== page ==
Wipro seems to have realised two things - one, it does not want to follow per employee billing model;second, it also believes that there is flab in the organization. Does it mean that there is no flab in TCS or Tech Mahindra? They are not acknowledging as yet, but they have all been hinting at reinventing themselves. In a way, the top deck has already hit reset button.

The trouble is that it is very difficult for a TCS, Infosys or a Tech Mahindra to convince the analysts about reset. The quarterly watchers do not want these companies to get off the treadmill of sequential growth. Moreover, CEOs in at least four of the top five are too engaged in operations and daily monitoring to do a reset. Only Vishal Sikka, as he is based out of California, is far more capable of ushering in the shift in the model. The model is not new for Infosys' last CEO Shibulal as he tried to usher in the shift by advocating Infosys 3.0. He failed to convince investors, inspire employees and did not tinker with the core revenue engine. End result: His initiatives did not last.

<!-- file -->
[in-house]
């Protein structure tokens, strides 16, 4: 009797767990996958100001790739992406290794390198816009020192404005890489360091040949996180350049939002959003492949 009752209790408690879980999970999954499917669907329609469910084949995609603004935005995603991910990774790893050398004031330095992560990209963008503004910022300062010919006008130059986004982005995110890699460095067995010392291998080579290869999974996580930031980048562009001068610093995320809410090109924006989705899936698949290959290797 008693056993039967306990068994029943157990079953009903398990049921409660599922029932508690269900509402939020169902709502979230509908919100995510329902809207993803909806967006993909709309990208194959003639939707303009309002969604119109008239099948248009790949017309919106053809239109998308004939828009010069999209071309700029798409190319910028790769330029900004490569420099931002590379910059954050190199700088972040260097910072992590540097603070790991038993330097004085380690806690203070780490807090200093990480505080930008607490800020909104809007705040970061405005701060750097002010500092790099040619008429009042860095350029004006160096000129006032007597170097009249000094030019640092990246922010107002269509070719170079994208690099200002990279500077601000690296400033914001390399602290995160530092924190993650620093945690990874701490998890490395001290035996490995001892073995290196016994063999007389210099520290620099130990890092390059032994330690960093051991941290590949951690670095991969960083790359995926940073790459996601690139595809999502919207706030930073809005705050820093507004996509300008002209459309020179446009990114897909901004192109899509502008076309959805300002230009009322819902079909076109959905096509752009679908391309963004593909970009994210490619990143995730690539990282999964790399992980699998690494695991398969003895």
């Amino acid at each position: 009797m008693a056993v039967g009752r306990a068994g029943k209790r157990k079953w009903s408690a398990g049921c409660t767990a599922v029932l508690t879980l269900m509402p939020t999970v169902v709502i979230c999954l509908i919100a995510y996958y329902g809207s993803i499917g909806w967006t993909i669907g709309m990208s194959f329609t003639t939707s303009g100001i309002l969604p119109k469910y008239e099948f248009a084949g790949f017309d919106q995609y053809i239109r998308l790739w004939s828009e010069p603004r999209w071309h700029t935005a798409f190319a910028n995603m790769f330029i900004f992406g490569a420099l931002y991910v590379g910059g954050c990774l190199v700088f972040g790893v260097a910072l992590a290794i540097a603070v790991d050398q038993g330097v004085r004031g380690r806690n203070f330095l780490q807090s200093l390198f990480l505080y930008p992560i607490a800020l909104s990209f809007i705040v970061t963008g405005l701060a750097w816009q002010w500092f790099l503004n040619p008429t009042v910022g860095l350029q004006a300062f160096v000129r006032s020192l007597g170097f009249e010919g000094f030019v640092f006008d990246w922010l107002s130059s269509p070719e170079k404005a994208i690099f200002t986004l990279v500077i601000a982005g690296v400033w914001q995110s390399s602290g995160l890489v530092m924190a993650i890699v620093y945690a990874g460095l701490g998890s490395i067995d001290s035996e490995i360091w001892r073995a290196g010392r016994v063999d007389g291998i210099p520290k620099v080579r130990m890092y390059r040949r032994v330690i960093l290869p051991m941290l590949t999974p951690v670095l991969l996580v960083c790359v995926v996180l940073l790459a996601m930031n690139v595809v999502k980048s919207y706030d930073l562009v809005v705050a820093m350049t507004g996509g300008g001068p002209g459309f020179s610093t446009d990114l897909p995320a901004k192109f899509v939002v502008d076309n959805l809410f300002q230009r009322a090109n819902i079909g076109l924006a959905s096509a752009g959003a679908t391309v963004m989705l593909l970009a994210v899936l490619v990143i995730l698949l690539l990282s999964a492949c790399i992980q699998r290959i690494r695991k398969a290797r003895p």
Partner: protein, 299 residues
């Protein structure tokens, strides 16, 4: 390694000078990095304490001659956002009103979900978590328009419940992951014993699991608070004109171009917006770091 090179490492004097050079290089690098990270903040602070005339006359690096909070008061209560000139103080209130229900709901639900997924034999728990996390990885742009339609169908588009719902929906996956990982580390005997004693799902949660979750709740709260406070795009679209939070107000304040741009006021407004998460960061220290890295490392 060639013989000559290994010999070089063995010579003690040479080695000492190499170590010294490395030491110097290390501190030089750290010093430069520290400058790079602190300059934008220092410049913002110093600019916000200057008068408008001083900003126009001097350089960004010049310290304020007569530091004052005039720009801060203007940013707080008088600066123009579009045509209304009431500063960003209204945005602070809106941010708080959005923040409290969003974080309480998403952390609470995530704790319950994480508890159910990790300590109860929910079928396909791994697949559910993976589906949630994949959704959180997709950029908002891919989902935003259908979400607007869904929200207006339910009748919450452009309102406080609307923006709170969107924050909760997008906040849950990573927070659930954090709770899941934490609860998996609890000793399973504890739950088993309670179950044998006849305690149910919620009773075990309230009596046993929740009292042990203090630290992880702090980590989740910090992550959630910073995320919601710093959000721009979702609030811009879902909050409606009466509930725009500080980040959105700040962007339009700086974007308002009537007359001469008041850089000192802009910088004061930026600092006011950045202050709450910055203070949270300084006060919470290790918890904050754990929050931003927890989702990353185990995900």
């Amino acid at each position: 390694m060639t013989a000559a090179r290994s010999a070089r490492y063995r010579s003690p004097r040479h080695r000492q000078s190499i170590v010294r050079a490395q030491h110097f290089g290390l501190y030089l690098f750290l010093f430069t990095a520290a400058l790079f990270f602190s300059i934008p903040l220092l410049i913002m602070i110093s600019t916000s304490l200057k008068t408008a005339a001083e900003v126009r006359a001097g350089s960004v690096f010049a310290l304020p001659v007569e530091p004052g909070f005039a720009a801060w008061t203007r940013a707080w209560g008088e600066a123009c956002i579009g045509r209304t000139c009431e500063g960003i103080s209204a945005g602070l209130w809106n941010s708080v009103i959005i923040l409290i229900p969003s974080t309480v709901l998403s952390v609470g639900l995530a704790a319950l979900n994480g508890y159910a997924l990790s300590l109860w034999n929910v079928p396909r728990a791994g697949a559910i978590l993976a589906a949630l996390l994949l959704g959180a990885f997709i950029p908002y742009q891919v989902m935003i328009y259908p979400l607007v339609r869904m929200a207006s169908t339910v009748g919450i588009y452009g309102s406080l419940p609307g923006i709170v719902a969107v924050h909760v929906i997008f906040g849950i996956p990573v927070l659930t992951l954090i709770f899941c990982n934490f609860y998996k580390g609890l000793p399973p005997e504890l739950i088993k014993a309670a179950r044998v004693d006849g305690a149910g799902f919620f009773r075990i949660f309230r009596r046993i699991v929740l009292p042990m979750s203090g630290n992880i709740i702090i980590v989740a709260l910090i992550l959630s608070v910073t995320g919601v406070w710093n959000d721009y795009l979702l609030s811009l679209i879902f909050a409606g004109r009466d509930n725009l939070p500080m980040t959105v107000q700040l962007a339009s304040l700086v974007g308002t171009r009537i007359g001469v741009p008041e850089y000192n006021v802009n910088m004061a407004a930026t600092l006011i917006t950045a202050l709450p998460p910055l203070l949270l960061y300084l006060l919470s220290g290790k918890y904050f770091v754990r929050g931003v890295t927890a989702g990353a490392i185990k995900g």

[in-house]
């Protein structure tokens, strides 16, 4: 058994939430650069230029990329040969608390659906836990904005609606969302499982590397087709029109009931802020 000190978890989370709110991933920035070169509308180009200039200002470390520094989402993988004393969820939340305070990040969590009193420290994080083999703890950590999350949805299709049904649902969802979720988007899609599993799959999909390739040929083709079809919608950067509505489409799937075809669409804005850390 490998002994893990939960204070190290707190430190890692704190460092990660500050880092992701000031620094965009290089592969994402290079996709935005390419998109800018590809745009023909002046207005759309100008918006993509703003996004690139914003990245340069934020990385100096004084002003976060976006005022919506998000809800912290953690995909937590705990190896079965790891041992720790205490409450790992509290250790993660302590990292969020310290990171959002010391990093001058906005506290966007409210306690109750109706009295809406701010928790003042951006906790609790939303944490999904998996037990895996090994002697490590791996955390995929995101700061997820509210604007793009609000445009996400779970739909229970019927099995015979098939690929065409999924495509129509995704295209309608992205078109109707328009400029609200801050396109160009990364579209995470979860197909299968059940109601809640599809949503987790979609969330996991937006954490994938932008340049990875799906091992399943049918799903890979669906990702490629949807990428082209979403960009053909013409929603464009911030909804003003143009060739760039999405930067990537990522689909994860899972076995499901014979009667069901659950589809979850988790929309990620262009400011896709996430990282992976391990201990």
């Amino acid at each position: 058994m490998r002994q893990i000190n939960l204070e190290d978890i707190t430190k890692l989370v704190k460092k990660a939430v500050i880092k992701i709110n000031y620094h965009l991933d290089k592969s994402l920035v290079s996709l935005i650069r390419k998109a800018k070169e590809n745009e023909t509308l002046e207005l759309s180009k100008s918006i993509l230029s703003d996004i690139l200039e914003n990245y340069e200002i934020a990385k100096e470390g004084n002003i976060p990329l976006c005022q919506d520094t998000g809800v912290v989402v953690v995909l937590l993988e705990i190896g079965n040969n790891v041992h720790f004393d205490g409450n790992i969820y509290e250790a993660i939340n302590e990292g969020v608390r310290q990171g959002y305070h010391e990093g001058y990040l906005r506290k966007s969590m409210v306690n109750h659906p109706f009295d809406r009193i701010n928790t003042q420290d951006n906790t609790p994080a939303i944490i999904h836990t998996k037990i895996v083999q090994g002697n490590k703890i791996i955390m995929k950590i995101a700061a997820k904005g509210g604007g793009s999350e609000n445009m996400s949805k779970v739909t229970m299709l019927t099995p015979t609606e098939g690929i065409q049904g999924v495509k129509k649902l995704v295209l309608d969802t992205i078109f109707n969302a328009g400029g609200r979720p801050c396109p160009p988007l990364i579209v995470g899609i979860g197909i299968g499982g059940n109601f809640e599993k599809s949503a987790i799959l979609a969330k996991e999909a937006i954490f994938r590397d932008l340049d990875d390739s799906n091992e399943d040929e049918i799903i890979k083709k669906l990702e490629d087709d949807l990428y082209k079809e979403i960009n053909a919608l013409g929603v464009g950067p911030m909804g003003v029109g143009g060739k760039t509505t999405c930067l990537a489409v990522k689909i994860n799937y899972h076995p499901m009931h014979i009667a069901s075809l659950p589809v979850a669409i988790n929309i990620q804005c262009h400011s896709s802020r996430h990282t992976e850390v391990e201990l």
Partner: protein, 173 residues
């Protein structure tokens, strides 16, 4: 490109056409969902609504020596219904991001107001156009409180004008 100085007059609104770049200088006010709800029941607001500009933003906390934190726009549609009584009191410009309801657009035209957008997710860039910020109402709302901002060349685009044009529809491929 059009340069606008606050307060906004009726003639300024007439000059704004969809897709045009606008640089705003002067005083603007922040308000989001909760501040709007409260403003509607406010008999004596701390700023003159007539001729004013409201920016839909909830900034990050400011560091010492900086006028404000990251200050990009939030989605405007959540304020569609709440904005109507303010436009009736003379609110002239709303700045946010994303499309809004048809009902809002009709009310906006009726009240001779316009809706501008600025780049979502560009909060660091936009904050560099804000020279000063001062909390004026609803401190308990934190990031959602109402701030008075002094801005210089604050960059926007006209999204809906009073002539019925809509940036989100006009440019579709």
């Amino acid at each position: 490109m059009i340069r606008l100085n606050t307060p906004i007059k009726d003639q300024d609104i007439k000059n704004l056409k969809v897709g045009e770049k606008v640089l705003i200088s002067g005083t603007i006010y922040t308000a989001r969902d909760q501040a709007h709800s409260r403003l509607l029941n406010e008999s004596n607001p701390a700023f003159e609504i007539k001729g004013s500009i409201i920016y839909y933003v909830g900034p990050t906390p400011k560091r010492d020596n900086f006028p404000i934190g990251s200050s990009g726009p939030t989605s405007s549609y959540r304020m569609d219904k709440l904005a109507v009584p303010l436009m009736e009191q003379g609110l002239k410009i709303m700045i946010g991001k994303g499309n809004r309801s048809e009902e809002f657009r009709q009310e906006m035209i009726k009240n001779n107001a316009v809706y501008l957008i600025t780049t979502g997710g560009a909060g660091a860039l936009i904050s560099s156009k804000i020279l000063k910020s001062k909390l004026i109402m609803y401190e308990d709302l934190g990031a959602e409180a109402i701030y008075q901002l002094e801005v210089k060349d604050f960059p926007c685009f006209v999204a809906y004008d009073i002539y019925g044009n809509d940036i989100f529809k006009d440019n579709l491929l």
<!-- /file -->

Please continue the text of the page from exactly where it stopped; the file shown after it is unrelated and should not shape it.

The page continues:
Now, Sikka has the responsibility to build a new revenue engine for Infosys, one that is not based upon throwing people after projects or man-hour billings. Can he reset a 1.64 lakh employee company with revenues of $2.13 billion?

The challenge for Sikka is external first and internal later. As soon as he starts talking about a reset, analysts will hound him about it and ask is the old model faulty. He cannot deride or criticize the founders so getting investors on board is as difficult for him as it was for Shibulal. But he has a better chance internally as an external force, will he shift the centre of gravity of Infosys to the US.